Explore how empire is a crucial foreground for reading and interpreting the New Testament
In the last three decades, significant attention has been given to the way in which New Testament texts engage and respond to the imperial world in which they were written. The purpose of the present volume is to introduce students and non-specialists to the growing subfield of New Testament studies known as empire studies. Contributors seek to make readers aware of the significant work that has already been produced, while also pointing them to new ways in which this field is moving forward. The contributors are Bruce W. Longenecker, Richard A. Horsley, Warren Carter, Adam Winn, Eric D. Barreto, Beth M. Sheppard, Neil Elliot, James R. Harrison, Harry O. Maier, Deborah Krause, Jason A.Whitlark, Matthew R. Hauge, Kelly D. Liebengood, and Davina C. Lopez.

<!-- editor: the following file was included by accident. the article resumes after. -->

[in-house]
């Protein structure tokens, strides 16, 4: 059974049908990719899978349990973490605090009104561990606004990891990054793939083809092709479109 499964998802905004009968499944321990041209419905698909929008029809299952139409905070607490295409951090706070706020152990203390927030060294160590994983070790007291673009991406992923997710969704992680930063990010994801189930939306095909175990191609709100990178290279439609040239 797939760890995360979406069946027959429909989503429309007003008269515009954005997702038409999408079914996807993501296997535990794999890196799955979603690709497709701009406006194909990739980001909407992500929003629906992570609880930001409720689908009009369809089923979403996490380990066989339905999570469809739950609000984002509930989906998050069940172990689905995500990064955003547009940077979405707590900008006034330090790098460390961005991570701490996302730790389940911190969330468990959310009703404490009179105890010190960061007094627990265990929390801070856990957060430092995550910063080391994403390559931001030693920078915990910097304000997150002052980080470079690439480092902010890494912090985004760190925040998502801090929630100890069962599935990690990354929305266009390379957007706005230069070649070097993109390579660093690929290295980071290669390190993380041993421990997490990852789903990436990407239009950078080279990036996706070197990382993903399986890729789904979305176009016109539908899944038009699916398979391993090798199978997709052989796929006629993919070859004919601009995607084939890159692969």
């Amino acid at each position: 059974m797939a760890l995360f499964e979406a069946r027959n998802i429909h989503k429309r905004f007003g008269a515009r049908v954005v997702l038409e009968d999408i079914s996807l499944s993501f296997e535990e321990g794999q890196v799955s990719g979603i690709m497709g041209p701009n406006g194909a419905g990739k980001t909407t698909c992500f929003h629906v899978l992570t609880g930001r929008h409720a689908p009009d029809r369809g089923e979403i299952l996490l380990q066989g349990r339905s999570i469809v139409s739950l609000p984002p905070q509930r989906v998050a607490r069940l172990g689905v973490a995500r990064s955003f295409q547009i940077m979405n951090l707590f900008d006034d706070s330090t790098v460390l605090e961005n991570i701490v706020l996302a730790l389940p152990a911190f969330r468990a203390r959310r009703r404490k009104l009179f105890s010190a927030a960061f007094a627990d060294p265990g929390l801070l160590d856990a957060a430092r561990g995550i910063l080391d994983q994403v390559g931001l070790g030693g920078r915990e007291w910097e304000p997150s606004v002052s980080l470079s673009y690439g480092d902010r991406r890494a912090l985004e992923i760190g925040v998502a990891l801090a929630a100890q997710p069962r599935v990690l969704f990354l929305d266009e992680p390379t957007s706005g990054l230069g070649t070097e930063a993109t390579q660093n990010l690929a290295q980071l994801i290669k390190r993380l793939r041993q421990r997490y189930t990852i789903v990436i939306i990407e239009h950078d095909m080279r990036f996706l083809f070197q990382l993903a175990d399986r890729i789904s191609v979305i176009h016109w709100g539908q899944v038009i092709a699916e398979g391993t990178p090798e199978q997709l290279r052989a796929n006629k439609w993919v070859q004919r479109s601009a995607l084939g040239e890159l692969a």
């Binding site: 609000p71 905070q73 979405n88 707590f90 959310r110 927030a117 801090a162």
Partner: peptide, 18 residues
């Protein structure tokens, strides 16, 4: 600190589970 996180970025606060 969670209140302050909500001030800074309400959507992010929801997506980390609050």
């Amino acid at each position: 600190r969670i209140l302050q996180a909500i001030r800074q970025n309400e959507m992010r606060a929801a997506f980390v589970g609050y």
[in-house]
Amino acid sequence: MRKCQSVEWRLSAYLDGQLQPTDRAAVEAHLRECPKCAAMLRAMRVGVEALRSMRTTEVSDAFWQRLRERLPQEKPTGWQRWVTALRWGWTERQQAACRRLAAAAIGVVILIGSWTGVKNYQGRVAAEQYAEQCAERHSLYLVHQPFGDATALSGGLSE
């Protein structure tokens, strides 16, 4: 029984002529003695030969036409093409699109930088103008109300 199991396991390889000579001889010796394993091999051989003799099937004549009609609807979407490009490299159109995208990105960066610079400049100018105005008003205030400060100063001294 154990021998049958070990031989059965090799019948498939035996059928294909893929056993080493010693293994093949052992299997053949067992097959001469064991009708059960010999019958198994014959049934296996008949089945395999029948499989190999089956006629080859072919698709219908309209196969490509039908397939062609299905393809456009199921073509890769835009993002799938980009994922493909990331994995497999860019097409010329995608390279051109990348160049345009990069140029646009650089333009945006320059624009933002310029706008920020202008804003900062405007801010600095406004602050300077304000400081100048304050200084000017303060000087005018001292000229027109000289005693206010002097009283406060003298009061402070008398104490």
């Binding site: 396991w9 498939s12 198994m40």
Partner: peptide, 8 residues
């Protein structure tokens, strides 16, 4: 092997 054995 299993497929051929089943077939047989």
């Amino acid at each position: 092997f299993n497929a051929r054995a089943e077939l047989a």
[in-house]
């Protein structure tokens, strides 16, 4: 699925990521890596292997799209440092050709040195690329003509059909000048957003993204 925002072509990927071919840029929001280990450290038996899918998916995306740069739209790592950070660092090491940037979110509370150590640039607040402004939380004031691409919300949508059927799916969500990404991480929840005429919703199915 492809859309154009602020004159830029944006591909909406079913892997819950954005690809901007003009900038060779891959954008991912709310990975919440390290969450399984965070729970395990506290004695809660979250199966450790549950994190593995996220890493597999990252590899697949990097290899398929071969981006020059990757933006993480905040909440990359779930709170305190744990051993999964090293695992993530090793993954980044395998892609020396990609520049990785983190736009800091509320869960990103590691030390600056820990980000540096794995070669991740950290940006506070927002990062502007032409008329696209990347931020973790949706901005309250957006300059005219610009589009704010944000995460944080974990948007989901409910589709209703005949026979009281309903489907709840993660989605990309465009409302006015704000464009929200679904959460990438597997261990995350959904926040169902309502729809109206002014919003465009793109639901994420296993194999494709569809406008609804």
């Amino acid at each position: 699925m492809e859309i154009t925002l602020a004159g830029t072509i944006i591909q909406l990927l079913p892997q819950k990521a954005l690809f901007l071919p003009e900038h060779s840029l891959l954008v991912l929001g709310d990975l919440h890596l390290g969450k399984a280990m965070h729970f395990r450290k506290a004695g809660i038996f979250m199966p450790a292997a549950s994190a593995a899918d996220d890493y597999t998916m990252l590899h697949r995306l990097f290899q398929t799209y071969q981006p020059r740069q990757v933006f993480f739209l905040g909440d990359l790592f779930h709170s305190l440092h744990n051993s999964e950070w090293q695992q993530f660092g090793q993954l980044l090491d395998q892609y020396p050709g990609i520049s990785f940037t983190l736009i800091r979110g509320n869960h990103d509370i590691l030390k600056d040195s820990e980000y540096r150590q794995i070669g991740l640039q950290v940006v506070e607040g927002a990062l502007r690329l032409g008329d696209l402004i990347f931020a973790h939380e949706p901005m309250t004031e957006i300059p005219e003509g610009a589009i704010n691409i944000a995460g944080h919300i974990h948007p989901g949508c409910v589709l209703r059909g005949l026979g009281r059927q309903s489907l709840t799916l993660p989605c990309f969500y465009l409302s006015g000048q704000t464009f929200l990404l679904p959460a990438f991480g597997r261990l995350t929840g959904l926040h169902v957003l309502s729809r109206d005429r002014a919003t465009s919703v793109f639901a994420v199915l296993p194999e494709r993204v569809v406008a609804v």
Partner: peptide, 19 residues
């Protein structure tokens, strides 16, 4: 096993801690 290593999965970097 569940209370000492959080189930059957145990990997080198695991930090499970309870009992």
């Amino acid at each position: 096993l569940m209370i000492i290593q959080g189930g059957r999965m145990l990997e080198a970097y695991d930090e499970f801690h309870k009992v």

Essays from a diverse group of interpreters who at times have differing presuppositions, methods, and concernsArticles introduce students and non-specialists to the Roman imperial realities regularly encountered by first and second century ChristiansContributions explore the strategies employed by early Christians to respond to the Roman empire
Adam Winn is Assistant Professor of New Testament at Azusa Pacific University (Azusa, CA). He serves as an affiliate faculty member for Fuller Theological Seminary. He is the author of The Purpose of Mark's Gospel: An Early Christian Response to Roman Imperial Propaganda (Mohr Siebeck) and Mark and the Elijah-Elisha Narrative: Considering the Practice of Greco-Roman Imitation in the Search for Markan Source Material (Pickwick).
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